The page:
“What do you hope to get from this visit?”
This was the introductory question a physician asked me when I first met him.
I prioritized my goals and started a brief narrative. And away we went to the races.
The more I thought about this simple question, the more brilliant I thought it.
First, it sets a tone that my priorities are important, and a successful visit will be my determination, not the doctor’s. So, find out what matters the most to me.
Next, the question’s subtext is there is not enough time today to deal with every potential problem under the sun. So, let’s deal with the most important ones. Let’s not do a blind man’s walk into uncharted territory.
I contrast this history-gathering to an interview a medical student did just prior to the attending entering. The student was trying to stick to a mental script to make sure no details were missed. It was entry level chess compared to the attending’s grandmaster status. The medical student will acquire these skills over time. But, it takes time. There’s no easy way to learn this path. Still, I think this question, “What do you hope to get from this visit?” is also a great teaching tool.
Making a good diagnosis is the foundation of successful treatment.
Dr. Gurpeet Dhaliwal, a professor of medicine at UCSF, teaches medical students about the problem-solving process used in the NPR radio show, Car Talk. He applies the wisdom of Click and Clack, the Tappet Brothers, to medical students teaching them to diagnose disease.
“I would listen to their podcast every weekend,” Dhaliwal explains. “One day I said to myself, ‘My goodness, these guys are doing the same job I have.’ They collect the data, define the problem, and pick from several solutions. That’s essentially what a doctor does.”
First off, the caller describes his or her car troubles. Dhaliwal will ask students, “what is the core problem they’re trying to solve?” Dhaliwal explains.
In one Car Talk “case,” the problem was a 1994 Chevy Lumina making a chugging sound going uphill.
Then, Ray and Tom take a history.
“It’s an old car with 150,000 miles on it,” Dhaliwal explains. “The major problem when you’re chugging up the hill is you’re not getting enough fuel at a very peak demand.”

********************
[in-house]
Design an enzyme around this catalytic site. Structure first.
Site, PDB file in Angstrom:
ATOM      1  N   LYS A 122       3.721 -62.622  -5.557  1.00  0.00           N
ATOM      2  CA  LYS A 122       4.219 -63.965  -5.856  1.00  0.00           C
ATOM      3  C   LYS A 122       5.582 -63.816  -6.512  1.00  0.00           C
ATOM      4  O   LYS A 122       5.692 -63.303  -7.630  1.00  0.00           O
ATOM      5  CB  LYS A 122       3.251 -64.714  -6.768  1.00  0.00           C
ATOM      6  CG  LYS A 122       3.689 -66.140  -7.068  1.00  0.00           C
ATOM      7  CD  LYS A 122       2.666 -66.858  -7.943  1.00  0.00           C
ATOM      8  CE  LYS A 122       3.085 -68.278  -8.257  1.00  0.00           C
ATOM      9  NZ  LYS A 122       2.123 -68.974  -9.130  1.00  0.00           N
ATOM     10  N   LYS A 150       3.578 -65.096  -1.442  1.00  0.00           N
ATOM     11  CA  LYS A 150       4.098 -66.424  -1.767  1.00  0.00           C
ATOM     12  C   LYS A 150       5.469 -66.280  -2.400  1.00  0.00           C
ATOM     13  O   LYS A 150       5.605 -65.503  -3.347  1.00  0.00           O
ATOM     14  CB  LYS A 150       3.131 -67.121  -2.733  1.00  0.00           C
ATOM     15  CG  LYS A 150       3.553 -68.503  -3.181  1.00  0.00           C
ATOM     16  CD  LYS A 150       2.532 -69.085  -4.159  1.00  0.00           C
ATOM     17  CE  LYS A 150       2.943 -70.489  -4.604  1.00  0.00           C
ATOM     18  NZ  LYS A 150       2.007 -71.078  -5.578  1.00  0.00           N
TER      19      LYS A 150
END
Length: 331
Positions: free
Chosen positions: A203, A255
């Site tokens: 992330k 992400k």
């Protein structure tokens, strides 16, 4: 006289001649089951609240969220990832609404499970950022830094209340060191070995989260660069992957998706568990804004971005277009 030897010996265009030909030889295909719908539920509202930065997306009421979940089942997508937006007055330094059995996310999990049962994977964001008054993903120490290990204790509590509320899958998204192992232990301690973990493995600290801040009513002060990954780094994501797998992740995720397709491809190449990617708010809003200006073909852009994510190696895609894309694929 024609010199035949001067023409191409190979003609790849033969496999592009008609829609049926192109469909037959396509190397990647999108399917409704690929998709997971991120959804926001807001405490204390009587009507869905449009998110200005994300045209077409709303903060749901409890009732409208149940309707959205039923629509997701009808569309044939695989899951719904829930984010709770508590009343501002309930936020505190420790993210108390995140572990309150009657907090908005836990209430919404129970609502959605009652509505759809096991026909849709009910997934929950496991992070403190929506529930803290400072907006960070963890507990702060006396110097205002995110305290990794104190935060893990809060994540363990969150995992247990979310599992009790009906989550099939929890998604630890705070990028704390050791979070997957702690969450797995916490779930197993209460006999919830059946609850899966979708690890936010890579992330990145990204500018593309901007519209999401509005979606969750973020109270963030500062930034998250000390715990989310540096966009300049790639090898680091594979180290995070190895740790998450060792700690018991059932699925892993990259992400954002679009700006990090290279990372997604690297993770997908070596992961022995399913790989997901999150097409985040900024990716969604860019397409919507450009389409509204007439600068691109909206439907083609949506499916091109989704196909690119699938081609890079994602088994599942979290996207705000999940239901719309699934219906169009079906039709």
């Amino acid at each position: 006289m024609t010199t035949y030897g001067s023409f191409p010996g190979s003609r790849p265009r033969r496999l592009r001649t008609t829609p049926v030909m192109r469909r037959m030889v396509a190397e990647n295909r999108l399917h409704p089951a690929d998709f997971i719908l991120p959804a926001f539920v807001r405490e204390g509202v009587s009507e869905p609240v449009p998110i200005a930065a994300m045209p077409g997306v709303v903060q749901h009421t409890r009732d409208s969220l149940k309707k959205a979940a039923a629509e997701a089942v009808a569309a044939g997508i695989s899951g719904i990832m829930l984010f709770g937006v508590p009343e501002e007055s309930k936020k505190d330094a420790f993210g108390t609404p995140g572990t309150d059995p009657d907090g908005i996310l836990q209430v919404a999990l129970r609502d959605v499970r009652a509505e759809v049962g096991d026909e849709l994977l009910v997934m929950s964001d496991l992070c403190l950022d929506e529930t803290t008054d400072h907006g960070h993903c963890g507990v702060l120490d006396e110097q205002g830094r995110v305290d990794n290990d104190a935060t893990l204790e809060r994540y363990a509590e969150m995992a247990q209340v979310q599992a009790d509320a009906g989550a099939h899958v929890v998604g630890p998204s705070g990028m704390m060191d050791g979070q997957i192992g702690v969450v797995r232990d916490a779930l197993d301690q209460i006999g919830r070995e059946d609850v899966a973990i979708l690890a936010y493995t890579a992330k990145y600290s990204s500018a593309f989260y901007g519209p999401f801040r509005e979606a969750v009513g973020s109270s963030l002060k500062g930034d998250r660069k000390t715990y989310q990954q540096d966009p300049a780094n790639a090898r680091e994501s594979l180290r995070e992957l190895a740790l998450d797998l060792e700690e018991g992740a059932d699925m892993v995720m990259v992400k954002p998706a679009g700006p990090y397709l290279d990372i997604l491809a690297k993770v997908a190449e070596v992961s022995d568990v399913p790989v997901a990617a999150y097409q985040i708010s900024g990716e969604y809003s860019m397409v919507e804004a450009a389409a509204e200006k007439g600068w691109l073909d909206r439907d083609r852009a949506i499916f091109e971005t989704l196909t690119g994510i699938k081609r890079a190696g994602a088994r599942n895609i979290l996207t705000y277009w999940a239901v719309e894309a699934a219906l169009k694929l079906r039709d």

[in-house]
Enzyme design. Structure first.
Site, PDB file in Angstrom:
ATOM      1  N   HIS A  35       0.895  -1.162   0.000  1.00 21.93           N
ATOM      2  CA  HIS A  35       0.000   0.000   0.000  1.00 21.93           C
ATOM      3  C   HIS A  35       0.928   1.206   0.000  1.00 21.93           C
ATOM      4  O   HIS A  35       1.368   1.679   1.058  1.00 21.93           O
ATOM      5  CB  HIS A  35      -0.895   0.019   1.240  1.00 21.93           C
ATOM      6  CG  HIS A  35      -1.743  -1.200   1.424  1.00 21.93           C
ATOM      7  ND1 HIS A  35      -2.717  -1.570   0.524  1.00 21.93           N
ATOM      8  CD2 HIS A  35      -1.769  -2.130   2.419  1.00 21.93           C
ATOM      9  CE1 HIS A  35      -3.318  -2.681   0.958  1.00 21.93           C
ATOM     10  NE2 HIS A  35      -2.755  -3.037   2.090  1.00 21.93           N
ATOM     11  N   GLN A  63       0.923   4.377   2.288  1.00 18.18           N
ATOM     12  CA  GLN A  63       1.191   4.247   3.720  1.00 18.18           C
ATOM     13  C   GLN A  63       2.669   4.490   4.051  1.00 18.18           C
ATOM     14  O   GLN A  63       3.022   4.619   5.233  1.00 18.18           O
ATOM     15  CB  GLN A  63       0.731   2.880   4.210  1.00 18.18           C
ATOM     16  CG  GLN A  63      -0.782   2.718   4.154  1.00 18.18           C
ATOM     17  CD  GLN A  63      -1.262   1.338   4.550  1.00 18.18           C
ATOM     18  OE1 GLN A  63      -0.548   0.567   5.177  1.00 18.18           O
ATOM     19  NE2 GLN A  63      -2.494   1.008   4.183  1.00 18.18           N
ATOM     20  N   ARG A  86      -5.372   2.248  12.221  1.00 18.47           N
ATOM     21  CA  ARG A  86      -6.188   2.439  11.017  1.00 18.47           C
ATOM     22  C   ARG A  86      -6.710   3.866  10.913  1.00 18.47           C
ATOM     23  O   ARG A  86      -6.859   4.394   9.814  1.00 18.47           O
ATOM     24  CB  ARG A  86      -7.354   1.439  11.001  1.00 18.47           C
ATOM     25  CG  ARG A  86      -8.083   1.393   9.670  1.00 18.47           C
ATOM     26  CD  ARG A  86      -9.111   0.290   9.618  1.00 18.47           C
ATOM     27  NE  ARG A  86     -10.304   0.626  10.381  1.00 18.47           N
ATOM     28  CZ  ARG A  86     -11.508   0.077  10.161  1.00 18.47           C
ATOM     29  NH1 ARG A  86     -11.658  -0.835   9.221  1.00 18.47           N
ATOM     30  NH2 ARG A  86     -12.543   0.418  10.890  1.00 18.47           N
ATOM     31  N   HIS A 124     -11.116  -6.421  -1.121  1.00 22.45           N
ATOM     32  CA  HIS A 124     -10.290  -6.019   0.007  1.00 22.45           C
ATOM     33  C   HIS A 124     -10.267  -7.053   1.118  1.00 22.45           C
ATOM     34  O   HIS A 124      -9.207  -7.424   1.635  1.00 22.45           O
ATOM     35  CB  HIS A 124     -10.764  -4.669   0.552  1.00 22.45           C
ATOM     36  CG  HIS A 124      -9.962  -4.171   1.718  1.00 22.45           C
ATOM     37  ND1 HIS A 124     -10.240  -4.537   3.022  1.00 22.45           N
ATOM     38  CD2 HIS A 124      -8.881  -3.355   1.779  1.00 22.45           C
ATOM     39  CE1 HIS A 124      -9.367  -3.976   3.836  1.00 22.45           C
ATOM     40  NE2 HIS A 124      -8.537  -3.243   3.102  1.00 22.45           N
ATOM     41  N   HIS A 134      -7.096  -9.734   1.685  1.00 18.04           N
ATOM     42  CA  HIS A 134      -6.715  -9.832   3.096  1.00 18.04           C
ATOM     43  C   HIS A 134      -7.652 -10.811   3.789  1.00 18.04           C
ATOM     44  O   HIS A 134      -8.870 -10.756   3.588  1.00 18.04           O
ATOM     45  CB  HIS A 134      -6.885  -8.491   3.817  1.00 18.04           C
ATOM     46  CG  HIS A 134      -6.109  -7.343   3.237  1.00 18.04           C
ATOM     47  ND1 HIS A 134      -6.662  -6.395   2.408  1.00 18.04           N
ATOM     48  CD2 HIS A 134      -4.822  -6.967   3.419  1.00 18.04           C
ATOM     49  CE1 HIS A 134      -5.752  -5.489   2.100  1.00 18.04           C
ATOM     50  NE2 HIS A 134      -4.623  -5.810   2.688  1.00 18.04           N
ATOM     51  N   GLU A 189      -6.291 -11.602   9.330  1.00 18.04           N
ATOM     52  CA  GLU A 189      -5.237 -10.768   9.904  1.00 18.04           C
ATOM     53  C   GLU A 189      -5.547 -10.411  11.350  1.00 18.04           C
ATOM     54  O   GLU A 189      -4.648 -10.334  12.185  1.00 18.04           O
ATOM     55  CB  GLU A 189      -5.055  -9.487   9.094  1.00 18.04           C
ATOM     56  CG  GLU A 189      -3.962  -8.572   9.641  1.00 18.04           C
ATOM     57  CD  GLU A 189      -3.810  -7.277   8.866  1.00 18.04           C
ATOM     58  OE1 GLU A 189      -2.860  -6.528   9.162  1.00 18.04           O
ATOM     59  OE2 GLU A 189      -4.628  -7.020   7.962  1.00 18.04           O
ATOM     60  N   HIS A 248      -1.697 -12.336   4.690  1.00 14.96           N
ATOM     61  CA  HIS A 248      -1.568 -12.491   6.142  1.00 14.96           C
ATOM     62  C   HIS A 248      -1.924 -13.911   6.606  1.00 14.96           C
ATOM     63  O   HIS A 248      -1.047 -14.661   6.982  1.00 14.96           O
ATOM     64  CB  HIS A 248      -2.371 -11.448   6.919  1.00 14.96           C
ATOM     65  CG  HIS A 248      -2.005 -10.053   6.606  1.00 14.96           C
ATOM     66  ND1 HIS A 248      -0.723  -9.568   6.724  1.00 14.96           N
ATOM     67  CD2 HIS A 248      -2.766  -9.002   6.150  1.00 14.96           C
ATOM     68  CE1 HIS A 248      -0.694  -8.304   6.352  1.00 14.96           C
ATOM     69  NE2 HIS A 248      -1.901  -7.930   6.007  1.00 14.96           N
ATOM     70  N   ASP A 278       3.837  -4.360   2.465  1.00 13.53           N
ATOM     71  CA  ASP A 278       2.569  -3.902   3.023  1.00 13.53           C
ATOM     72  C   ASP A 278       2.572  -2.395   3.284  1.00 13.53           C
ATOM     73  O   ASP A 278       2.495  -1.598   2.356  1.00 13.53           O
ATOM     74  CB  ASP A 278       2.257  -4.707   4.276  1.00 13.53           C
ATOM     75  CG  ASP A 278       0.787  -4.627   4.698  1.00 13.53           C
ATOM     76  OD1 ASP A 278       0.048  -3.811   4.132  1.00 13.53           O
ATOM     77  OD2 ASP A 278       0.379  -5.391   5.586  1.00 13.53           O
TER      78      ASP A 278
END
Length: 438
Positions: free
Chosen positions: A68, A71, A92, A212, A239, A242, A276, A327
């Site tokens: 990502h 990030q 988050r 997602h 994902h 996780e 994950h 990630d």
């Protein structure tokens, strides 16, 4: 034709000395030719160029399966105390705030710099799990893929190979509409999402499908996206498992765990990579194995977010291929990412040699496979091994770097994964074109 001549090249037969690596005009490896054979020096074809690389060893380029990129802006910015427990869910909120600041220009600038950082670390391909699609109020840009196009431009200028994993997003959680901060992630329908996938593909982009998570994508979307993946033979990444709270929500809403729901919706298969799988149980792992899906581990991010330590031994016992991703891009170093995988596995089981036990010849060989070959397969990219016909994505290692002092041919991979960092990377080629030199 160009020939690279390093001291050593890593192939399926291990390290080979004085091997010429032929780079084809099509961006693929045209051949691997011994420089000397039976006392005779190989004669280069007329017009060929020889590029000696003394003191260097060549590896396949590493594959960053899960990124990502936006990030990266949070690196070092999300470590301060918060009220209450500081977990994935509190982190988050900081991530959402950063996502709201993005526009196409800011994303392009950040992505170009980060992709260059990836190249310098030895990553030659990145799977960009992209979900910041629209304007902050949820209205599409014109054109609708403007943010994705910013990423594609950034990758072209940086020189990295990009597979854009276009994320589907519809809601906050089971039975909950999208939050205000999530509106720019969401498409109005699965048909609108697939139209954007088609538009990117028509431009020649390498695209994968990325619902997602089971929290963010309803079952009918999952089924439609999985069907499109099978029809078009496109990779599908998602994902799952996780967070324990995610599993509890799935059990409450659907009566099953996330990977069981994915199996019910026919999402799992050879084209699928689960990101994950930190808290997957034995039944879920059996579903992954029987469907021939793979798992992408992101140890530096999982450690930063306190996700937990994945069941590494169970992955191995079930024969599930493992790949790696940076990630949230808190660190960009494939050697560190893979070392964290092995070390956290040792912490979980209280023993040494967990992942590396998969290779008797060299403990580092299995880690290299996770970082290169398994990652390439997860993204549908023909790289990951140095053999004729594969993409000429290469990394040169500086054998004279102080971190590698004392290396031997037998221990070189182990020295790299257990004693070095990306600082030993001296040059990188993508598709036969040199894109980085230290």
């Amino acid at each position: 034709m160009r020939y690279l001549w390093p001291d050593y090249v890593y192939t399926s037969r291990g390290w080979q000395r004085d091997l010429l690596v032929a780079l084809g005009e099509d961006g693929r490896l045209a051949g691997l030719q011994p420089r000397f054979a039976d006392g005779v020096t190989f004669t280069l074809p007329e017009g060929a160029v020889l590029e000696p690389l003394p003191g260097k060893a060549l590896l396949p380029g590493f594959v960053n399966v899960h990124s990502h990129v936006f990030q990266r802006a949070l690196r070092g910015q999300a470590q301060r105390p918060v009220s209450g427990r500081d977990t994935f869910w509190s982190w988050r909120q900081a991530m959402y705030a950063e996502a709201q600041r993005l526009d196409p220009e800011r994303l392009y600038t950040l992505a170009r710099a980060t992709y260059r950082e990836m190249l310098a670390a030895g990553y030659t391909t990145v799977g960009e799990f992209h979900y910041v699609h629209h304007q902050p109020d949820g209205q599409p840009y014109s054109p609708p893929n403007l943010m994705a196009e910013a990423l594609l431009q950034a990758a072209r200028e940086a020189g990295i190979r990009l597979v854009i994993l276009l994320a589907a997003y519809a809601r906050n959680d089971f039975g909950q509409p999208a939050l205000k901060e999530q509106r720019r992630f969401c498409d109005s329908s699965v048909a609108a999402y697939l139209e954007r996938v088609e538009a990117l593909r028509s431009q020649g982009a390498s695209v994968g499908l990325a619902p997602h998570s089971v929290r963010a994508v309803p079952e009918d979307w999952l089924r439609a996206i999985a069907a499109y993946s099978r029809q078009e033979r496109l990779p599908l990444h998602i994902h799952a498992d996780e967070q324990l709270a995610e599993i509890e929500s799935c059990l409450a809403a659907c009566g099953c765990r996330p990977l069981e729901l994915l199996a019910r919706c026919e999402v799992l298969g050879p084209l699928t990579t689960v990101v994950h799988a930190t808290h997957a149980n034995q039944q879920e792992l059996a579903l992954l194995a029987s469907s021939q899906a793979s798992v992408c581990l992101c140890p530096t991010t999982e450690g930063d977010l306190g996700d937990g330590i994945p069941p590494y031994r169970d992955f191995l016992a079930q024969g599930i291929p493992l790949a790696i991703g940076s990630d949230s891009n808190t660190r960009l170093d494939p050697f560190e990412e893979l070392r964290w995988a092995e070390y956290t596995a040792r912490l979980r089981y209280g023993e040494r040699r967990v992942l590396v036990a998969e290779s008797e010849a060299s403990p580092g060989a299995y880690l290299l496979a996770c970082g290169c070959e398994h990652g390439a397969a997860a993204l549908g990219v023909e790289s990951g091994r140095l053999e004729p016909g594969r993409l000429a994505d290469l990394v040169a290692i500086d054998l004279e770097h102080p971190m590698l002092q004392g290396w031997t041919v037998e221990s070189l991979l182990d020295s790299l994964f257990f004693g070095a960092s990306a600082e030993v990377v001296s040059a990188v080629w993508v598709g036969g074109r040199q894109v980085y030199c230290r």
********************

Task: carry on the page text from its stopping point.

Lastly, the brothers present a potential fix.
“They realize there’s only two plausible solutions,” Dhaliwal says. “Either there’s a dirty fuel filter or there’s some bad spark plugs.”
That step-by-step process, Dhaliwal says, is exactly what his students need to do in the clinic.
Identify the make and model, i.e., the core problem. Take a history. Consider plausible hypotheses for the solution.
Dhaliwal explains how it might work with a human subject.
“This looks like a healthy 25-year-old man with a cough,” he says. “They have to trigger possible solutions for that. Could it be pneumonia? Could it be a simple virus? Could it be something as serious as tuberculosis? And as they get more data, they ultimately have to make a call and say which one of those things is most likely.”
It’s not just Ray and Tom’s reasoning skills that Dhaliwal admires. One other thing he teaches budding physicians to emulate is their ability to build rapport, with cheerfulness, kindness, and humility.
And Click and Clack had to make the diagnosis in minutes. Just like a doctor. And they had to keep the audience engaged – or the show never would have survived.
Of course, doctors don’t need to emulate all details of Click and Clack’s diagnostic process.
Dr. Gregory Brisson wrote an essay in Family Medicine:
“They would say things like, ‘If you get in that car and drive it before you get the wheel bearings checked, you’re gonna die! You don’t want to say things like that when you’re meeting with your patients.”
Most physicians do not remember their first history and physicals. If we had videotapes of them, we’d cringe. Perhaps we blocked them out. “What do you hope to get from this visit?” may make that painful educational process less onerous.
At Medical Justice, we follow a similar protocol. When a member contacts us, we diagnose the problem and provide solutions. And we remain involved until the member arrives at his or her outcome. Our job is to do everything possible to see it is a favorable one. If you’re staring down a medico-legal threat (or want to bullet-proof yourself against future threats), contact us. The resources below make it easy. All inquiries are confidential.
Perfect Patient Dismissal & Termination Letters
Respond Masterfully to Negative Patient Reviews
Discover the Regulatory Landmines Most Doctors Miss
Jeffrey Segal, MD, JD
Chief Executive Officer and Founder
Dr. Segal was a practicing neurosurgeon for approximately ten years, during which time he also played an active role as a participant on various state-sanctioned medical review panels designed to decrease the incidence of meritless medical malpractice cases.
Dr. Segal holds a M.D. from Baylor College of Medicine, where he also completed a neurosurgical residency. Dr. Segal served as a Spinal Surgery Fellow at The University of South Florida Medical School. He is a member of Phi Beta Kappa as well as the AOA Medical Honor Society. Dr. Segal received his B.A. from the University of Texas and graduated with a J.D. from Concord Law School with highest honors.
In 2000, he co-founded and served as CEO of DarPharma, Inc, a biotechnology company in Chapel Hill, NC, focused on the discovery and development of first-of-class pharmaceuticals for neuropsychiatric disorders.